Honestly, I was really excited to go downstairs and shop at Uniqlo. I was going to pick up some shirts for my dad, tops for my mother, and some summer dresses for me and my sister. I was trundling my luggage down the escalator and clumsily making my way to Uniqlo when the floor started to shake. I thought I was going crazy, but looking around and seeing that all the natives weren't scared by one of their frequent earthquakes, I figured I shouldn't be either. I continued walking to Uniqlo unfazed and noticed it was getting harder and harder to roll my luggage, the shaking was getting more violent and the windows and walls started to rattle. Dust started coming down from the ceiling and I was still slow to react. Everyone was. 

It was almost comical, when the young girl working in the store and I made eye contact and simultaneously we both started screaming. At this point, everyone was running and rushing towards the door at the front of the terminal. Everyone just had to get out away from falling things and danger. After growing up and living in California for 19 years of my life, all the earthquake safety and drills that I'd gone through as a child flew out of my head. I didn't see any tables, the door frames were made of glass, and the support beams I saw were creaking and moving violently. The cars were bouncing back and forth from wheel to wheel, almost like a coin does when it falls to the ground on its final rotations after being spun, and the noise...the noise was so terrifying. It was like a train was rushing through the airport, without stopping. The ground ...wasn't even ground anymore. It was moving so much that standing outside was much like standing on the dock of a boat during a bad storm.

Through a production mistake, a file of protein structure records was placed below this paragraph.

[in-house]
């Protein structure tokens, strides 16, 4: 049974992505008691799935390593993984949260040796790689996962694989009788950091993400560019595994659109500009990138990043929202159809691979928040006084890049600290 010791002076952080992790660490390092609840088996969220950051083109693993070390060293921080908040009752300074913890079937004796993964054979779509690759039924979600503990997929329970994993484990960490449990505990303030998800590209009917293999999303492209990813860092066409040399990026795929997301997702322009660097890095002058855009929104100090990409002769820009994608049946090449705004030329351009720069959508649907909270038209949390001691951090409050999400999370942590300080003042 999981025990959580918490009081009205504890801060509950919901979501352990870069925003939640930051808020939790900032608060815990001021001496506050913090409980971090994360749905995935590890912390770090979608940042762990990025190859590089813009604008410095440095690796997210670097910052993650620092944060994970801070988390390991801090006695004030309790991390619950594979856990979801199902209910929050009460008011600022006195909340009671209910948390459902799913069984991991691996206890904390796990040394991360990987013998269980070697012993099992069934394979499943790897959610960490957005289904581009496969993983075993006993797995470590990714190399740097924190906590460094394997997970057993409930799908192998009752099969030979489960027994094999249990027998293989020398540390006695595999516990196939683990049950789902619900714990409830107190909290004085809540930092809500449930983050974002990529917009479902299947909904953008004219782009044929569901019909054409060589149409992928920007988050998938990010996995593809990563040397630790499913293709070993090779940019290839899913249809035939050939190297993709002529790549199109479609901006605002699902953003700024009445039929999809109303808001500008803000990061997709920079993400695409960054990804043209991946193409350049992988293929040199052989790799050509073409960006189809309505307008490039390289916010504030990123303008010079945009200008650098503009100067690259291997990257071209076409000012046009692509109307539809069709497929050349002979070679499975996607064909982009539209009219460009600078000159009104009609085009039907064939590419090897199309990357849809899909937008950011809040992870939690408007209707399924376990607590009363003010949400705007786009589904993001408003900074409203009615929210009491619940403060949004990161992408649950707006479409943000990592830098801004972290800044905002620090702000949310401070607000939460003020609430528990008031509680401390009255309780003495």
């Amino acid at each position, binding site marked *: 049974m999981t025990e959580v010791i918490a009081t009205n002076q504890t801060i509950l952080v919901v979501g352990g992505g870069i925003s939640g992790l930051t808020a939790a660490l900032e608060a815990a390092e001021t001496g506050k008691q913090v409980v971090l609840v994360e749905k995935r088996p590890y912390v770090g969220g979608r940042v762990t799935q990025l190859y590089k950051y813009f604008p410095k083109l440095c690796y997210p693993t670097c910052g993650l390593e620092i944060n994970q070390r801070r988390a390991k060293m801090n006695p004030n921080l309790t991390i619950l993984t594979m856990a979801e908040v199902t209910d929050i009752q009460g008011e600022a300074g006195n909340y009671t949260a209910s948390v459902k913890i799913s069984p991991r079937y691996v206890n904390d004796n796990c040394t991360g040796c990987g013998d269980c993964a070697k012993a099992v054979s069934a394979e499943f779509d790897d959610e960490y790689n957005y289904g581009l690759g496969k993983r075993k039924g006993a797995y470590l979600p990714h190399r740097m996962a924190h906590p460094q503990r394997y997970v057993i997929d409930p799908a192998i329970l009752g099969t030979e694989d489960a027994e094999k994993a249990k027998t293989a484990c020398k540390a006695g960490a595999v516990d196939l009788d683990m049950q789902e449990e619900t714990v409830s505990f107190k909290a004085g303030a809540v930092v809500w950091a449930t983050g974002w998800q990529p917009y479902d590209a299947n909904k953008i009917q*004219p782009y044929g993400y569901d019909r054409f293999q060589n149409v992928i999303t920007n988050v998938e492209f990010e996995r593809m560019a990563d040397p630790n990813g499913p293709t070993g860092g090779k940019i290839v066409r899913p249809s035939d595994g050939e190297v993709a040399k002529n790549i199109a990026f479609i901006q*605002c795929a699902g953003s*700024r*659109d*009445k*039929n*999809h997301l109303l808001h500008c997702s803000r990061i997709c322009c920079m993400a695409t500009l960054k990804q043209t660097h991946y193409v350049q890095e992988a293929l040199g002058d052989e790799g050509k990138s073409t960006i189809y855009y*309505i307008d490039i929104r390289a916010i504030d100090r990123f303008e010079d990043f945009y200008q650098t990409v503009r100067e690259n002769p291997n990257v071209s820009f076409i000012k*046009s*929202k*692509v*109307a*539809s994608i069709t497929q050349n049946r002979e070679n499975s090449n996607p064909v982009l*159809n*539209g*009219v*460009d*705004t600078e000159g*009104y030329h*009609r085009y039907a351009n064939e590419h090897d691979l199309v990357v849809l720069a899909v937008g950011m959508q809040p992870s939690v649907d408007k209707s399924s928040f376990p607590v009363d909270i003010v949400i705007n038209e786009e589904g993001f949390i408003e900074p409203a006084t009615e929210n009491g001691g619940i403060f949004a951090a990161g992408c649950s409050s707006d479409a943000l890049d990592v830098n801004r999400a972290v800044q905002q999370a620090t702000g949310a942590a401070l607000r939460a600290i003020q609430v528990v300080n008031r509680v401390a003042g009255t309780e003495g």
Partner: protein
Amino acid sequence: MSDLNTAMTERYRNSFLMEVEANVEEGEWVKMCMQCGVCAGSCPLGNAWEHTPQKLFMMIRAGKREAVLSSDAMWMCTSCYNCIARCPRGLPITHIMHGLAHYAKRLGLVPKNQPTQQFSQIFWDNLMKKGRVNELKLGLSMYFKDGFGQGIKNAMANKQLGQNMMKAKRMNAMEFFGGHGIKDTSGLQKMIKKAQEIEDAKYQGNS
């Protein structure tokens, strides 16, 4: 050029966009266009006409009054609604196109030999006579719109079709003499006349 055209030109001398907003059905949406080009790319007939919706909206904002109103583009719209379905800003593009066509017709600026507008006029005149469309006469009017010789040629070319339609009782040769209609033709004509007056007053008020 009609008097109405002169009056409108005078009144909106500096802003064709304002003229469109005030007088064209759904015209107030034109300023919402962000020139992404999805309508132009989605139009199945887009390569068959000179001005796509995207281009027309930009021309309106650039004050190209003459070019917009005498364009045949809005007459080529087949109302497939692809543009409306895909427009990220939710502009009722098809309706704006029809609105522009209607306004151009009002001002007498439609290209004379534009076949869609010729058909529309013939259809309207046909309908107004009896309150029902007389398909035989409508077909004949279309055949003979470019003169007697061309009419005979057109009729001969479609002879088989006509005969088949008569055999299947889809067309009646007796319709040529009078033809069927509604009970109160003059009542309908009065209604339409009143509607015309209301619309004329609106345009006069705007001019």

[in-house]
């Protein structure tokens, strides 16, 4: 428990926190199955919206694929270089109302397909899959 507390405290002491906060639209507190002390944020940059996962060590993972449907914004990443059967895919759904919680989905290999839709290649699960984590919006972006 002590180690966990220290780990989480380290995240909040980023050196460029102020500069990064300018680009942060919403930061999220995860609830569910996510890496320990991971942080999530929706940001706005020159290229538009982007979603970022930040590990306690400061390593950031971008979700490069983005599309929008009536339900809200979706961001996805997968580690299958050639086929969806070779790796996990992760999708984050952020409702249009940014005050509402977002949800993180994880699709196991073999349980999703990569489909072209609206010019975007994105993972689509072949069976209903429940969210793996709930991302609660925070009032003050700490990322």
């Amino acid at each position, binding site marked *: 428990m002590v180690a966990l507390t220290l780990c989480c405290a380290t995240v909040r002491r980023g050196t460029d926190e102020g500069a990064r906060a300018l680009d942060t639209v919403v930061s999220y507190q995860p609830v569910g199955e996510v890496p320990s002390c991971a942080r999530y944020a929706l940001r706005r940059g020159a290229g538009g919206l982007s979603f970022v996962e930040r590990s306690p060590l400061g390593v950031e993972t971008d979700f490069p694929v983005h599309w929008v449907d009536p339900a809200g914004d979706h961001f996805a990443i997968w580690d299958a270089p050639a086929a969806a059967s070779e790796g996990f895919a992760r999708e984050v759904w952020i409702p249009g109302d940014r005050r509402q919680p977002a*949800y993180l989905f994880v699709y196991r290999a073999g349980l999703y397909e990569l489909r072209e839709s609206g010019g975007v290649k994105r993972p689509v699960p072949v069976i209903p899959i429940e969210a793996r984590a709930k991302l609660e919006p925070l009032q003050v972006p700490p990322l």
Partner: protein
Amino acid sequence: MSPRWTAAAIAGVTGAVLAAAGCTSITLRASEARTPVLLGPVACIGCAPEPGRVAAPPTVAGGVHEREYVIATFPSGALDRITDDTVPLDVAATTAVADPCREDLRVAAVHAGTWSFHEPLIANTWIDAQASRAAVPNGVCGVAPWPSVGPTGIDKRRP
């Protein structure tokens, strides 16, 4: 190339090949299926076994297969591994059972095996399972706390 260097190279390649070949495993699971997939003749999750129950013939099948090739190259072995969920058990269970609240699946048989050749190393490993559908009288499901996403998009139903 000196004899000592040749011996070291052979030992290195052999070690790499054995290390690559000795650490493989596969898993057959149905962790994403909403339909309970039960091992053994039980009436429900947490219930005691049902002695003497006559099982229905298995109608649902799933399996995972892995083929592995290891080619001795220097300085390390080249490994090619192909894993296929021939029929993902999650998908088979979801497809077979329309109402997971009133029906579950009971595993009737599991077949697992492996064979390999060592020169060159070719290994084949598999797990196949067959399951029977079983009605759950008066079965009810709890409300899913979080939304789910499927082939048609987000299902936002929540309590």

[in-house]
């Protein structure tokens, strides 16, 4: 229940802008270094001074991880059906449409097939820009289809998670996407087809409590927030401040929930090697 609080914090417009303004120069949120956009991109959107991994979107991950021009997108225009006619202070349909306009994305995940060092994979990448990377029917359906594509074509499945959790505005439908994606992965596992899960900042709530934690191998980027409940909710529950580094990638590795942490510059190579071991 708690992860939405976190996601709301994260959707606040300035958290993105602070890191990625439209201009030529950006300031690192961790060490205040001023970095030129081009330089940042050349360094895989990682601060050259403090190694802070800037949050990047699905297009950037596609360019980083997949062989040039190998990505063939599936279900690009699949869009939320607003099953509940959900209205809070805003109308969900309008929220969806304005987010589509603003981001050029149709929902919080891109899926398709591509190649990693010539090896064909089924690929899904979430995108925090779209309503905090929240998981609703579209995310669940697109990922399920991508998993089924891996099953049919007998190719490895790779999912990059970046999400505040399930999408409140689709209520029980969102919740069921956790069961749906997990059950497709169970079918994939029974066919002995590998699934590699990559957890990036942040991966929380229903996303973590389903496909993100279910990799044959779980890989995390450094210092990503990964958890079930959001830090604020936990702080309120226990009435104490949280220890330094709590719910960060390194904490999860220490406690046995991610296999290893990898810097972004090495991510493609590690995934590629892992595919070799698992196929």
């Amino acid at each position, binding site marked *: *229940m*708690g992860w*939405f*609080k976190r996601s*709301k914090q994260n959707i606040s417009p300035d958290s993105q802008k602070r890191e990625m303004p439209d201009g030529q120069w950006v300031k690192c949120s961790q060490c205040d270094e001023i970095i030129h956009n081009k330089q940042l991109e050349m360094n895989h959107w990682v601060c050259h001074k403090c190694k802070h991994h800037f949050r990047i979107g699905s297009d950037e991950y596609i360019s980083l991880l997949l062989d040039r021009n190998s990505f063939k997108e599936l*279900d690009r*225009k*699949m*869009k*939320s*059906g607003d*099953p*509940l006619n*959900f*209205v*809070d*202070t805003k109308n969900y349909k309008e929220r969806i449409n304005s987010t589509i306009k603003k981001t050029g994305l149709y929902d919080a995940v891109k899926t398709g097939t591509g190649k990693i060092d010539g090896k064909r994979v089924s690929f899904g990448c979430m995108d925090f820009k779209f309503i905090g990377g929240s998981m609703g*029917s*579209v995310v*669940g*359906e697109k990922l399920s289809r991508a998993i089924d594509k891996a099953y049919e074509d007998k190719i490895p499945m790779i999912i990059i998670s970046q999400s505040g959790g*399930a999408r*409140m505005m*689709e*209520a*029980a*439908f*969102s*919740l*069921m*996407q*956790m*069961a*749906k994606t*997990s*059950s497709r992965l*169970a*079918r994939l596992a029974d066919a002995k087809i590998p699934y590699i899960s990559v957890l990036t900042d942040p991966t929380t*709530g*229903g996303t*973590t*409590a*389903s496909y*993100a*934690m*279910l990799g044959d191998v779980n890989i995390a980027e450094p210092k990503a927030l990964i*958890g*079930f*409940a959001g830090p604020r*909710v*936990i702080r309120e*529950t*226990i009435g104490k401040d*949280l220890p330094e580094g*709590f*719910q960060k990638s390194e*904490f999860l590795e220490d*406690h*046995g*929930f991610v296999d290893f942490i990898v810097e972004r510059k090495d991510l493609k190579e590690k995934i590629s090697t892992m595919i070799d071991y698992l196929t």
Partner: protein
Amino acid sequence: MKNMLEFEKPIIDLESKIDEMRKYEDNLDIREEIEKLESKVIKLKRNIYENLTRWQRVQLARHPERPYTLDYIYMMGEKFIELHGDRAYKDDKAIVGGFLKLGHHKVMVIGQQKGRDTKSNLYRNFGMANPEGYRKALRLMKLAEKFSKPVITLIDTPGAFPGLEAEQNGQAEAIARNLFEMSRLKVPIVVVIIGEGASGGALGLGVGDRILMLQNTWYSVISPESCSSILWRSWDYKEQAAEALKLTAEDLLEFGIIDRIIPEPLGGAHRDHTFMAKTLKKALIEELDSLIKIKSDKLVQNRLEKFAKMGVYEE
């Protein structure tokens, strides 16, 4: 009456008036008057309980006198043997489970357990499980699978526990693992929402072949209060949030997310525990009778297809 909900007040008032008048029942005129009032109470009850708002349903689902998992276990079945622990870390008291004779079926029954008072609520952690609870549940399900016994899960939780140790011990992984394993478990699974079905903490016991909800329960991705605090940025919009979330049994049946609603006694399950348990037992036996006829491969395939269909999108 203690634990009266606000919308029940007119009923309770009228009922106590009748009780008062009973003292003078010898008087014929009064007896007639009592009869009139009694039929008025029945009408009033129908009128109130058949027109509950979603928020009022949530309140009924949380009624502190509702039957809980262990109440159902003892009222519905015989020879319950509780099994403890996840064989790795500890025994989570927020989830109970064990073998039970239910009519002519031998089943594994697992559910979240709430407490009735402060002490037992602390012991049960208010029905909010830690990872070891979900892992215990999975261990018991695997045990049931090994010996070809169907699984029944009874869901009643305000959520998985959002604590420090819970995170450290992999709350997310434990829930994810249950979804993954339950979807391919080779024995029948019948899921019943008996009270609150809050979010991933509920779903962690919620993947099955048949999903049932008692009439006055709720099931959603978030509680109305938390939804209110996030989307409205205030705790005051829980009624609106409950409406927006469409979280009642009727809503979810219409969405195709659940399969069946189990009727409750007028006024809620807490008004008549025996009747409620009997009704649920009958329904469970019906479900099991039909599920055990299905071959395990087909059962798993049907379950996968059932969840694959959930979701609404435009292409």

Honestly, the earthquake was bad, but I didn't realize how bad it was until much, much later. After two very serious aftershocks, everyone in terminal one was evacuated outside onto solid ground where we were told to wait. The entire time I just couldn't help feeling very...alone. My parents hadn't landed and I didn't know what was going to happen to their plane, I didn't have a phone that worked and I couldn't call anyone, I couldn't connect to the internet, and no one was allowed to go inside for fear of structural damage. Sitting there on the freeway I quickly managed to attach myself to the first foreigners I saw for company, and the two men were absolutely sure this was going to blow over quickly. It's a little funny thinking back and remembering how nonchalant there were about the earthquake. One of the guys there was kind enough to let me use his phone to text my dad, and for the first time in a couple of hours I felt a shred relief.